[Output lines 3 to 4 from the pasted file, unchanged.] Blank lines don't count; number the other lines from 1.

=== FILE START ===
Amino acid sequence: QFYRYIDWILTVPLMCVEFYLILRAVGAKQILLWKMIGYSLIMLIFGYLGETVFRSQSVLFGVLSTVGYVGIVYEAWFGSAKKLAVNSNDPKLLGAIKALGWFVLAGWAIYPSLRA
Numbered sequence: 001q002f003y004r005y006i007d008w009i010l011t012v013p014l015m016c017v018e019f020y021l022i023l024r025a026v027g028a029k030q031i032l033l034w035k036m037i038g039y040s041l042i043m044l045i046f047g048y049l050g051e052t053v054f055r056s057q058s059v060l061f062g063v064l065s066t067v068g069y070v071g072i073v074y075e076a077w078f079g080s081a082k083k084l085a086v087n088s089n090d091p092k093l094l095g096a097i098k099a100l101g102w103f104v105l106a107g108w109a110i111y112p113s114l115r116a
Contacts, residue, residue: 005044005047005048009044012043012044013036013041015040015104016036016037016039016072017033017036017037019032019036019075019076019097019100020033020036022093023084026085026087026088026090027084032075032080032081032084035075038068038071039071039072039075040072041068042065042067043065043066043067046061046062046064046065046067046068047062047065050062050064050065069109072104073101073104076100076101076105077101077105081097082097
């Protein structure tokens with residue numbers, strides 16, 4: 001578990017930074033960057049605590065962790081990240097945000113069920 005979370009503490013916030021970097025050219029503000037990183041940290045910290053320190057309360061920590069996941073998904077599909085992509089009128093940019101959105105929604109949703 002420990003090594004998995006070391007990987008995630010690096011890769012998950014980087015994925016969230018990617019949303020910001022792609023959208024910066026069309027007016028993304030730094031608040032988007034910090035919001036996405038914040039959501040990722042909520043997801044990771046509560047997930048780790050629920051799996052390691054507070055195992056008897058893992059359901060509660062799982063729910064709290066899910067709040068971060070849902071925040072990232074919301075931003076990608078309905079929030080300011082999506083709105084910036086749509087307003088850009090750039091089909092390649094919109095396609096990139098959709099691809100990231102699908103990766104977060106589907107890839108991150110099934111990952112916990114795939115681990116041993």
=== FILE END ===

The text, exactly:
Contacts, residue, residue: 005044005047005048009044012043012044013036013041015040015104016036016037016039016072017033017036017037019032019036019075019076019097019100020033020036022093023084026085026087026088026090027084032075032080032081032084035075038068038071039071039072039075040072041068042065042067043065043066043067046061046062046064046065046067046068047062047065050062050064050065069109072104073101073104076100076101076105077101077105081097082097
């Protein structure tokens with residue numbers, strides 16, 4: 001578990017930074033960057049605590065962790081990240097945000113069920 005979370009503490013916030021970097025050219029503000037990183041940290045910290053320190057309360061920590069996941073998904077599909085992509089009128093940019101959105105929604109949703 002420990003090594004998995006070391007990987008995630010690096011890769012998950014980087015994925016969230018990617019949303020910001022792609023959208024910066026069309027007016028993304030730094031608040032988007034910090035919001036996405038914040039959501040990722042909520043997801044990771046509560047997930048780790050629920051799996052390691054507070055195992056008897058893992059359901060509660062799982063729910064709290066899910067709040068971060070849902071925040072990232074919301075931003076990608078309905079929030080300011082999506083709105084910036086749509087307003088850009090750039091089909092390649094919109095396609096990139098959709099691809100990231102699908103990766104977060106589907107890839108991150110099934111990952112916990114795939115681990116041993």